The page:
After nearly two months of being down due to a blown wheel, the Sedona is finally seeing pavement again.
Because the 1991 Macintosh Classic project has (mostly) been sorted out for now, I’ve decided to turn my attention to getting the 2016 Giant Sedona back up and running.
Back in late August and September, two different problems cropped up with the Sedona after having a (mostly) uneventful summer. In August, one of the chainrings mysteriously bent while riding. Later, in early September, a tire blowout practically destroyed the rim.
In my previous general update, I received a new wheel thanks to Modern Bike, my parts vendor. The tire, thankfully, wasn’t damaged – so the only things I needed was a new wheel and new tube.
I got the tire mounted and installed perfectly fine right after receiving it, but I didn’t have the special tool that helps me in removing the cassette off the old wheel so I can put it on the new wheel. Thanks to a local friend who has helped me on a couple occasions (most notably helping me straighten the chain) I was able to get the cassette off after he lent me his chain whip.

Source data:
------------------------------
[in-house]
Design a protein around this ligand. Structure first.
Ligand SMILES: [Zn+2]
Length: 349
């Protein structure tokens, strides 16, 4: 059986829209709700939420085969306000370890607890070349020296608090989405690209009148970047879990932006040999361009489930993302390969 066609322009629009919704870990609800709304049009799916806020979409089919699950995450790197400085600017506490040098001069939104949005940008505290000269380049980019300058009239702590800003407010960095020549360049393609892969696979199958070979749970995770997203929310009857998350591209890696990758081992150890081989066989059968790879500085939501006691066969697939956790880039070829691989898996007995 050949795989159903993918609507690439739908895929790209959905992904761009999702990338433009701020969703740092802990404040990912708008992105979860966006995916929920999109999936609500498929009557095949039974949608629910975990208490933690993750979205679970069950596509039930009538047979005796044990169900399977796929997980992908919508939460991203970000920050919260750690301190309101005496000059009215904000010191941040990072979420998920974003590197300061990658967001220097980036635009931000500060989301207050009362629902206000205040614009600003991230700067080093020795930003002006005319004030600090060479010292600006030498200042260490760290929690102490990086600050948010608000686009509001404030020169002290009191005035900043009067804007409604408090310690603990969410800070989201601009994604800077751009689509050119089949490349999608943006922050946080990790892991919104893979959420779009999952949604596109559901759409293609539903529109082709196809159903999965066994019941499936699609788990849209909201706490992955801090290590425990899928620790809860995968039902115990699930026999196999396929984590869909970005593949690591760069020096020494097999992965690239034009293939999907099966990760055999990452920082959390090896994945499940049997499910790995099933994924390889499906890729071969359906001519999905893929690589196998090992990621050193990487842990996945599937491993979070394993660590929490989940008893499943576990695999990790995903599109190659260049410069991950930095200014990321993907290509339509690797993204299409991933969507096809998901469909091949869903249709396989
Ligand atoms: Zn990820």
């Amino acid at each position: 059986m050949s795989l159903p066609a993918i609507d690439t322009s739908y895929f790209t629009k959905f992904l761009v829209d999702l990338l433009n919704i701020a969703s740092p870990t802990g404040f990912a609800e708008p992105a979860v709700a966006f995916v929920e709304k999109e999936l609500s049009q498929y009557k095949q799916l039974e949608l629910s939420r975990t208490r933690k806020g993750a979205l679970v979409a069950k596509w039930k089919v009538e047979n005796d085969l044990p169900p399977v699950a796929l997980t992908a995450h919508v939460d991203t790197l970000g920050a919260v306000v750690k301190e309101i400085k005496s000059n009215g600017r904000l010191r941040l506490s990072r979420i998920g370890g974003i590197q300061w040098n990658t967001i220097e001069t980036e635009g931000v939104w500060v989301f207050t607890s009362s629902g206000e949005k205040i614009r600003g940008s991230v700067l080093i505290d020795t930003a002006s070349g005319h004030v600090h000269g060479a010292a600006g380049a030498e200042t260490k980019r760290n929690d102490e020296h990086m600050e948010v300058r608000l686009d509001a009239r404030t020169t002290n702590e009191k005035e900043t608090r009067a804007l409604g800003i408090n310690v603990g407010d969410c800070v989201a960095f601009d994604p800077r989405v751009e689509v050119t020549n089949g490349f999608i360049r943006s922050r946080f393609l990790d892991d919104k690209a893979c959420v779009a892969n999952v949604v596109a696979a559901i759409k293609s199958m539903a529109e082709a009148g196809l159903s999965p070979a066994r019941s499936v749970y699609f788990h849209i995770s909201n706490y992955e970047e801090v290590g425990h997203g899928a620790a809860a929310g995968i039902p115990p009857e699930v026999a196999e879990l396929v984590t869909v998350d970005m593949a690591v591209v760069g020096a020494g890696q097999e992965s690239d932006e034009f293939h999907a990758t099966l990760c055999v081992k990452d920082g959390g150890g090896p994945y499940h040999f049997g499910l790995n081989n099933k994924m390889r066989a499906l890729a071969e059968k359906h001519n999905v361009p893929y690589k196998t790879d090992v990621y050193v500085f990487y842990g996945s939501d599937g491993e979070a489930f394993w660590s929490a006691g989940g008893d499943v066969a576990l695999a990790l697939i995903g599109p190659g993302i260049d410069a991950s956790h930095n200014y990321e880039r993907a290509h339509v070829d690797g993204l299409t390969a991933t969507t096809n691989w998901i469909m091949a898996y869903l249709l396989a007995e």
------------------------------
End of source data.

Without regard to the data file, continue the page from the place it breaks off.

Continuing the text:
Installing the cassette on the new wheel was as easy as the time I did it back in May.
The wheel went back on the bike, and I took it for a test spin. The bike rides okay, but it feels like the rear derailleur needs to be adjusted slightly so that it shifts smoother – especially in higher gears. That may or may not be a symptom of the damaged chainring, though.
The next thing to do to the Sedona is replace the damaged crankset. Due to the strain COVID-19 has placed on the distribution channels for bicycle parts, the replacement crankset I need has been sold out. Thankfully, the bike seems to ride mostly fine (at least for getting from point A to point B) unless you do a lot of shifting or go up lots of hills and inclines.